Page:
In last year’s presidential race, Barack Obama scored points when he attacked John McCain for proposing to tax people’s employer-provided health insurance as income. Conservatives argued that the business tax deduction for health insurance distorted healthcare markets, encouraging people to overconsume healthcare.
That assumes people are doing the equivalent of choosing extra colonoscopies over a vacation at the beach. It was bad policy and bad politics.
Then, in their destructive confusion over health reform, some Democrats – especially in the Senate – began reviving McCain’s idea, and even the administration signaled openness to it. Democrats were seeking money to pay for their proposal, and some argued that current tax subsidies favored “gold-plated” policies for high-income executives, thus making a tax on benefits progressive. Strong criticism from liberals and unions has for now beat back the plan as bad politics.
Now Harvard physicians David Himmelstein and Steffie Woolhandler, co-founders of Physicians for a National Health plan, have shown that the supposedly progressive rationale for taxing employer-provided health insurance is as flawed as the conservative justification.
In an article online in The New England Journal of Medicine, they show that a tax on benefits would be regressive, taking a far higher percentage of income from low- and moderate-income taxpayers than from high-income individuals.
In absolute dollar terms, the affluent gain more, but as a percentage of income, lower-income earners receive a greater benefit and thus their tax rate – if benefits were taxed – would be higher. That’s the usual definition of tax regressivity.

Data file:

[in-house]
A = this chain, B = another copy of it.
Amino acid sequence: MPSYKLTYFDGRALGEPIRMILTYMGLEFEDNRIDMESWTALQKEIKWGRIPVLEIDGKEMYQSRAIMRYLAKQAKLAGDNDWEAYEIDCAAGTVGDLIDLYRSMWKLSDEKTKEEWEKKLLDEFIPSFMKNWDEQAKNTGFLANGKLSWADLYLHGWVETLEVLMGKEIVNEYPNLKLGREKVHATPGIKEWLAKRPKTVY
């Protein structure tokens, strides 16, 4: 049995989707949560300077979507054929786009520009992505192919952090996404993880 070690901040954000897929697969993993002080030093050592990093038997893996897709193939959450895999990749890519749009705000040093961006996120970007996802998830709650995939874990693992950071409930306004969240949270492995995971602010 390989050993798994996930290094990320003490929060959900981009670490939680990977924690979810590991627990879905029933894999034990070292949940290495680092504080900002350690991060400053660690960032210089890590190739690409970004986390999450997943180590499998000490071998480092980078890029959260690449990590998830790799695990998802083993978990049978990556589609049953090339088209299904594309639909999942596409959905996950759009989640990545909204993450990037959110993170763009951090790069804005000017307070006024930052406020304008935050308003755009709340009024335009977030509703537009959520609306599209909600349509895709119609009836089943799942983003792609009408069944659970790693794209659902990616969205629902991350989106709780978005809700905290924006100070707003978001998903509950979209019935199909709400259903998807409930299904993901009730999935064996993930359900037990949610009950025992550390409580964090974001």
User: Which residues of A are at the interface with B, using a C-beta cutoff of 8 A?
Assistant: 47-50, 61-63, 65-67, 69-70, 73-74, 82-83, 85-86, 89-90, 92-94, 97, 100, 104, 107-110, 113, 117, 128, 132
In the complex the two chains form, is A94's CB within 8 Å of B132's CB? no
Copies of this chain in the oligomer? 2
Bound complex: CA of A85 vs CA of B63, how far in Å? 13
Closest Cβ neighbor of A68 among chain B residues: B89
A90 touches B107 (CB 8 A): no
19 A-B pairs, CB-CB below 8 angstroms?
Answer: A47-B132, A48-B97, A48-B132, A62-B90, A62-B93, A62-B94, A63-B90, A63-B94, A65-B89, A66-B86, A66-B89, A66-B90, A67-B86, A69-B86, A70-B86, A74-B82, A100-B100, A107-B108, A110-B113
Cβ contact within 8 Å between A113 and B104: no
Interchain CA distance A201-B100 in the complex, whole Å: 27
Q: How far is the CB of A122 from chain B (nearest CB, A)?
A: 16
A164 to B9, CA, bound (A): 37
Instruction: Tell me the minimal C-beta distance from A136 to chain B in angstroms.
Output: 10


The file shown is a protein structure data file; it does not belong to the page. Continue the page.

For example, Himmelstein and Woolhandler calculate that the mean (or average) benefit for families earning $10,000 to $19,999 and receiving employer-paid coverage is $2,115, or 13.9 percent of their income. But families earning $100,000 or more receive a mean tax benefit of $4,498, or just 2.7 percent of their income.
Of course, lower-income families are less likely to have employer-provided insurance (13.8 percent of those earning $10,000 to $19,999 compared to 61.8 percent of those earning $100,000 or more).
So when Himmelstein and Woolhandler mapped the effects of a benefit tax on the whole population, not just those whose employers provided insurance, the mean tax rate for low-income families was low, rising to a peak for middle-income families, then falling back down for the more affluent. It was still basically regressive.
They calculated the effects assuming families paid the tax, but Himmelstein says most analysts assume that if employers were taxed instead, they would simply deduct the cost from wages. If insurers were taxed, their likely strategy is less clear, but they would probably raise rates for everyone.
If only high-priced policies were taxed, people living in states with higher medical costs would be penalized, and without indexing of the cut-off for inflation, more families would be affected each year. Also, Himmelstein says, federal law generally requires employers to offer the same benefit package to all employees. So lower-paid workers at an employer (like Harvard) with comprehensive health benefits would be hit, not just high earners.
Although the plan to tax benefits now seems off the table, Himmelstein expects it to spring up again. “We’re hoping,” he says, “to drive a small stake through its heart.”
David Moberg, a senior editor of In These Times, has been on the staff of the magazine since it began publishing in 1976. Before joining In These Times, he completed his work for a Ph.D. in anthropology at the University of Chicago and worked for Newsweek. He has received fellowships from the John D. and Catherine T. MacArthur Foundation and the Nation Institute for research on the new global economy.